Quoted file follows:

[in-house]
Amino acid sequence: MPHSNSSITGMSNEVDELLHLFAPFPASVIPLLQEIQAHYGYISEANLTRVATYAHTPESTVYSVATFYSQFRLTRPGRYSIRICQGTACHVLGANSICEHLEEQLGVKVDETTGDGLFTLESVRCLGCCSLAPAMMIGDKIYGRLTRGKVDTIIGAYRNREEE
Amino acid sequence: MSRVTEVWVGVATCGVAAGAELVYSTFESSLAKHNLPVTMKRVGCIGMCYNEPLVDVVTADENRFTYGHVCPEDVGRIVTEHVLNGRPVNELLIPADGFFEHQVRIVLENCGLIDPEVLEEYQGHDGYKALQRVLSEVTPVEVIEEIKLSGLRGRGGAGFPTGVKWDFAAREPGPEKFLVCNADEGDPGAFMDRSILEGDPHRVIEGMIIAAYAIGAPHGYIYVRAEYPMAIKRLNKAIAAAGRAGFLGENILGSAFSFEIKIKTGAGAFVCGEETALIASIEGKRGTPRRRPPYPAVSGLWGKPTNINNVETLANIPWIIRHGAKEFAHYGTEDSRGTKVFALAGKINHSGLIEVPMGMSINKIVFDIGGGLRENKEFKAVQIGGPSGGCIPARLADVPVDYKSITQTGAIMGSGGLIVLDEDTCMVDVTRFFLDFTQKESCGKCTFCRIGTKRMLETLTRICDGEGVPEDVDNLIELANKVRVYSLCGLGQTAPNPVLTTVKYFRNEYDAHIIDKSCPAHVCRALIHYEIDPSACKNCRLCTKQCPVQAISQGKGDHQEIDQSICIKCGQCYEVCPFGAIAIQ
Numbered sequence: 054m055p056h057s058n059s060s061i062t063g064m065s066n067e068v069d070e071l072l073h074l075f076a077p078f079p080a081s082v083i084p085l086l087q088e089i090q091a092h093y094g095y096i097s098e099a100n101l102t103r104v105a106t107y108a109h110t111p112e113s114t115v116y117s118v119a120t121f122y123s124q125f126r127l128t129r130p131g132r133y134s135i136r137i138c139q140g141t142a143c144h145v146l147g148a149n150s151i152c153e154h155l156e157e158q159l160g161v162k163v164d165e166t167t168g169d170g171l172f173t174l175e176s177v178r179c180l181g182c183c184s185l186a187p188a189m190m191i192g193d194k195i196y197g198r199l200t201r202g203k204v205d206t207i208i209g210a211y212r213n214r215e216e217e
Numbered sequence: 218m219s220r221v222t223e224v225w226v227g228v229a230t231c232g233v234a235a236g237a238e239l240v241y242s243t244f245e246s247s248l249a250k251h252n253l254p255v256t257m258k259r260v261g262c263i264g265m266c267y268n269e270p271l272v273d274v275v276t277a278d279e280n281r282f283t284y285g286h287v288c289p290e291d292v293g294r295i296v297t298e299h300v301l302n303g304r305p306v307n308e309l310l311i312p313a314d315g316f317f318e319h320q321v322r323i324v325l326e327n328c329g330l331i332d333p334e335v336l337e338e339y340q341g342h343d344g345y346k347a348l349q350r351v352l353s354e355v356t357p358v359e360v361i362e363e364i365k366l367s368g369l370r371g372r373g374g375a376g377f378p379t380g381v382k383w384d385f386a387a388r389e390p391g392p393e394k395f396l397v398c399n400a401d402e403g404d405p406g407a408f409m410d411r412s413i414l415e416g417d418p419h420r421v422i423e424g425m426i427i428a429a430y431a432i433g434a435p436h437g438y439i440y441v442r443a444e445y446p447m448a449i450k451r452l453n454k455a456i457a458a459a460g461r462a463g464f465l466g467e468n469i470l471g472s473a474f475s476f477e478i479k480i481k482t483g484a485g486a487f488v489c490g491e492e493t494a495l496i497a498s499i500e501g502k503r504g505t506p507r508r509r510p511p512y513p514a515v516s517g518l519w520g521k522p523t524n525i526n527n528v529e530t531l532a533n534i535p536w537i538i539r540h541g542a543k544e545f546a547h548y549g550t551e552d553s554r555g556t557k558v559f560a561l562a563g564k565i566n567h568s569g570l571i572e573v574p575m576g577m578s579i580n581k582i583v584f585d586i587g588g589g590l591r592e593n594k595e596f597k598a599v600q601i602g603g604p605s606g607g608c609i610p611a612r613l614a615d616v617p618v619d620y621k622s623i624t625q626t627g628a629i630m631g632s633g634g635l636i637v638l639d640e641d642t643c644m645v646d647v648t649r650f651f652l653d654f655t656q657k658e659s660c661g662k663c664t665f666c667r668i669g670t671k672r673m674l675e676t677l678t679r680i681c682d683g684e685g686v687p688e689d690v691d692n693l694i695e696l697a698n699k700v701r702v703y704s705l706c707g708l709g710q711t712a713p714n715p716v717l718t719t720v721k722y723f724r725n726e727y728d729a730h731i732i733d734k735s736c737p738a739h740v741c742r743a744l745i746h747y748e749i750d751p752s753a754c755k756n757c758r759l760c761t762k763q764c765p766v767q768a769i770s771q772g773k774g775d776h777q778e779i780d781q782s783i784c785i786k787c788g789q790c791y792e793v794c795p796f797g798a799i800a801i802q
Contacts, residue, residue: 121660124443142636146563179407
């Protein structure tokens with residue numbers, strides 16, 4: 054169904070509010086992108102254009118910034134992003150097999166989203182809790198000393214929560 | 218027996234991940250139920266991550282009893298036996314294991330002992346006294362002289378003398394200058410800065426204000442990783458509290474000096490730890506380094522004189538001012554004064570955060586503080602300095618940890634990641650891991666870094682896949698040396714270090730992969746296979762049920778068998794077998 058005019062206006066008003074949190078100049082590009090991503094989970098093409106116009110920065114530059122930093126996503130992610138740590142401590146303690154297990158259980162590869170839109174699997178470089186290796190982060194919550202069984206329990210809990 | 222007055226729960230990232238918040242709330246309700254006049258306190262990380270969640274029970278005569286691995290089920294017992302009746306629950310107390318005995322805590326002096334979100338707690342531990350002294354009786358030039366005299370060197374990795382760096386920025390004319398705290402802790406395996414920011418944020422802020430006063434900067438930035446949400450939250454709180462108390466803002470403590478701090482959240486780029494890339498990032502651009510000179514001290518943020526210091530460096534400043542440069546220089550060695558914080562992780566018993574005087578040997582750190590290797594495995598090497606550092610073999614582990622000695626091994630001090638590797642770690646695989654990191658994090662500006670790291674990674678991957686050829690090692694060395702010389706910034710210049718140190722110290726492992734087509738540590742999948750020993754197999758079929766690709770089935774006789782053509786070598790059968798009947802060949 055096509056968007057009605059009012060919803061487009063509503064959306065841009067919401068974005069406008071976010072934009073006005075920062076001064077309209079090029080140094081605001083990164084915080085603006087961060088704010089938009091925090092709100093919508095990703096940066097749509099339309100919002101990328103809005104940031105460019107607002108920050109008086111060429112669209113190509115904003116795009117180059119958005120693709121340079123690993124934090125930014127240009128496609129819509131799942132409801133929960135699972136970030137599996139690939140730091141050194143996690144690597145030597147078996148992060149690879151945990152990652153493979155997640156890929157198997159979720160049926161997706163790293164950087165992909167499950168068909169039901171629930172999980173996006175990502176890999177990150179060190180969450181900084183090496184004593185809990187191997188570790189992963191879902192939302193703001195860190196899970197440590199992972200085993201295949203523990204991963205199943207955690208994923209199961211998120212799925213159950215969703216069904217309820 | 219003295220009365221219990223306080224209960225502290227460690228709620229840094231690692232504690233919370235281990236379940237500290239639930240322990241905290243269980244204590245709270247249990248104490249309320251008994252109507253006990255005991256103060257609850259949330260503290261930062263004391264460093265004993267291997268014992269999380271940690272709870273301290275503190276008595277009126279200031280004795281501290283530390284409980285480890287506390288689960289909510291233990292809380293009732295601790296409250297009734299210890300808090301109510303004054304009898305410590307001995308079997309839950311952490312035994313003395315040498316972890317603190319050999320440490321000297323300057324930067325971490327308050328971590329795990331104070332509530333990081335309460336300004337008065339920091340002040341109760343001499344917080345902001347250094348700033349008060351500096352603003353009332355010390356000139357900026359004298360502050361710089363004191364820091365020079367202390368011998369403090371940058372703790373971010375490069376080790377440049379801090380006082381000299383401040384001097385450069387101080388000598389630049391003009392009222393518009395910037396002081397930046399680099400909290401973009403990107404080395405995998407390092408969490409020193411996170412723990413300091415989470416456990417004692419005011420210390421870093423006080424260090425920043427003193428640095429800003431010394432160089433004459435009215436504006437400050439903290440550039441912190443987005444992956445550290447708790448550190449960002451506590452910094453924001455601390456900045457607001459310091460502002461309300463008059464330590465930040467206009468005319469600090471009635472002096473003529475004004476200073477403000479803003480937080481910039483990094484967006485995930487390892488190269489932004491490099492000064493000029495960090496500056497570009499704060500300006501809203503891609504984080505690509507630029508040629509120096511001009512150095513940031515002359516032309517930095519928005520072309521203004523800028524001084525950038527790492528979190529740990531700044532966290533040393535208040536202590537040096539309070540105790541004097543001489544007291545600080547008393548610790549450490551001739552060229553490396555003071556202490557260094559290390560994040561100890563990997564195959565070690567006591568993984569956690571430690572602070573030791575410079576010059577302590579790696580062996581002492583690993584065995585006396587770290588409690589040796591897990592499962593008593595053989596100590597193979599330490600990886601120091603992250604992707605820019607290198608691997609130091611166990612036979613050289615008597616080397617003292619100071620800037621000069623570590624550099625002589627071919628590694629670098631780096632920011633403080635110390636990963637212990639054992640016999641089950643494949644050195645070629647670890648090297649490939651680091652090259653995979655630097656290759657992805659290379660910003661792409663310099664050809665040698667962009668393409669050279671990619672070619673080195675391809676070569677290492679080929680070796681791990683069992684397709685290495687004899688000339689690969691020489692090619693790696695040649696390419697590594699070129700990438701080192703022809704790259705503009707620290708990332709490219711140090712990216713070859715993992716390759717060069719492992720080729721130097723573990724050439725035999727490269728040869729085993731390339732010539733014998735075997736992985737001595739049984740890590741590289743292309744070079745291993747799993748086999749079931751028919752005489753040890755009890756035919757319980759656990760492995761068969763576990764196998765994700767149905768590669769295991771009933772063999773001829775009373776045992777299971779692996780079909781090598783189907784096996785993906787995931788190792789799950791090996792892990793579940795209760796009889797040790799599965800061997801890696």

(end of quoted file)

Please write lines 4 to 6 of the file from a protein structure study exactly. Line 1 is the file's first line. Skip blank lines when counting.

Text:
Numbered sequence: 054m055p056h057s058n059s060s061i062t063g064m065s066n067e068v069d070e071l072l073h074l075f076a077p078f079p080a081s082v083i084p085l086l087q088e089i090q091a092h093y094g095y096i097s098e099a100n101l102t103r104v105a106t107y108a109h110t111p112e113s114t115v116y117s118v119a120t121f122y123s124q125f126r127l128t129r130p131g132r133y134s135i136r137i138c139q140g141t142a143c144h145v146l147g148a149n150s151i152c153e154h155l156e157e158q159l160g161v162k163v164d165e166t167t168g169d170g171l172f173t174l175e176s177v178r179c180l181g182c183c184s185l186a187p188a189m190m191i192g193d194k195i196y197g198r199l200t201r202g203k204v205d206t207i208i209g210a211y212r213n214r215e216e217e
Numbered sequence: 218m219s220r221v222t223e224v225w226v227g228v229a230t231c232g233v234a235a236g237a238e239l240v241y242s243t244f245e246s247s248l249a250k251h252n253l254p255v256t257m258k259r260v261g262c263i264g265m266c267y268n269e270p271l272v273d274v275v276t277a278d279e280n281r282f283t284y285g286h287v288c289p290e291d292v293g294r295i296v297t298e299h300v301l302n303g304r305p306v307n308e309l310l311i312p313a314d315g316f317f318e319h320q321v322r323i324v325l326e327n328c329g330l331i332d333p334e335v336l337e338e339y340q341g342h343d344g345y346k347a348l349q350r351v352l353s354e355v356t357p358v359e360v361i362e363e364i365k366l367s368g369l370r371g372r373g374g375a376g377f378p379t380g381v382k383w384d385f386a387a388r389e390p391g392p393e394k395f396l397v398c399n400a401d402e403g404d405p406g407a408f409m410d411r412s413i414l415e416g417d418p419h420r421v422i423e424g425m426i427i428a429a430y431a432i433g434a435p436h437g438y439i440y441v442r443a444e445y446p447m448a449i450k451r452l453n454k455a456i457a458a459a460g461r462a463g464f465l466g467e468n469i470l471g472s473a474f475s476f477e478i479k480i481k482t483g484a485g486a487f488v489c490g491e492e493t494a495l496i497a498s499i500e501g502k503r504g505t506p507r508r509r510p511p512y513p514a515v516s517g518l519w520g521k522p523t524n525i526n527n528v529e530t531l532a533n534i535p536w537i538i539r540h541g542a543k544e545f546a547h548y549g550t551e552d553s554r555g556t557k558v559f560a561l562a563g564k565i566n567h568s569g570l571i572e573v574p575m576g577m578s579i580n581k582i583v584f585d586i587g588g589g590l591r592e593n594k595e596f597k598a599v600q601i602g603g604p605s606g607g608c609i610p611a612r613l614a615d616v617p618v619d620y621k622s623i624t625q626t627g628a629i630m631g632s633g634g635l636i637v638l639d640e641d642t643c644m645v646d647v648t649r650f651f652l653d654f655t656q657k658e659s660c661g662k663c664t665f666c667r668i669g670t671k672r673m674l675e676t677l678t679r680i681c682d683g684e685g686v687p688e689d690v691d692n693l694i695e696l697a698n699k700v701r702v703y704s705l706c707g708l709g710q711t712a713p714n715p716v717l718t719t720v721k722y723f724r725n726e727y728d729a730h731i732i733d734k735s736c737p738a739h740v741c742r743a744l745i746h747y748e749i750d751p752s753a754c755k756n757c758r759l760c761t762k763q764c765p766v767q768a769i770s771q772g773k774g775d776h777q778e779i780d781q782s783i784c785i786k787c788g789q790c791y792e793v794c795p796f797g798a799i800a801i802q
Contacts, residue, residue: 121660124443142636146563179407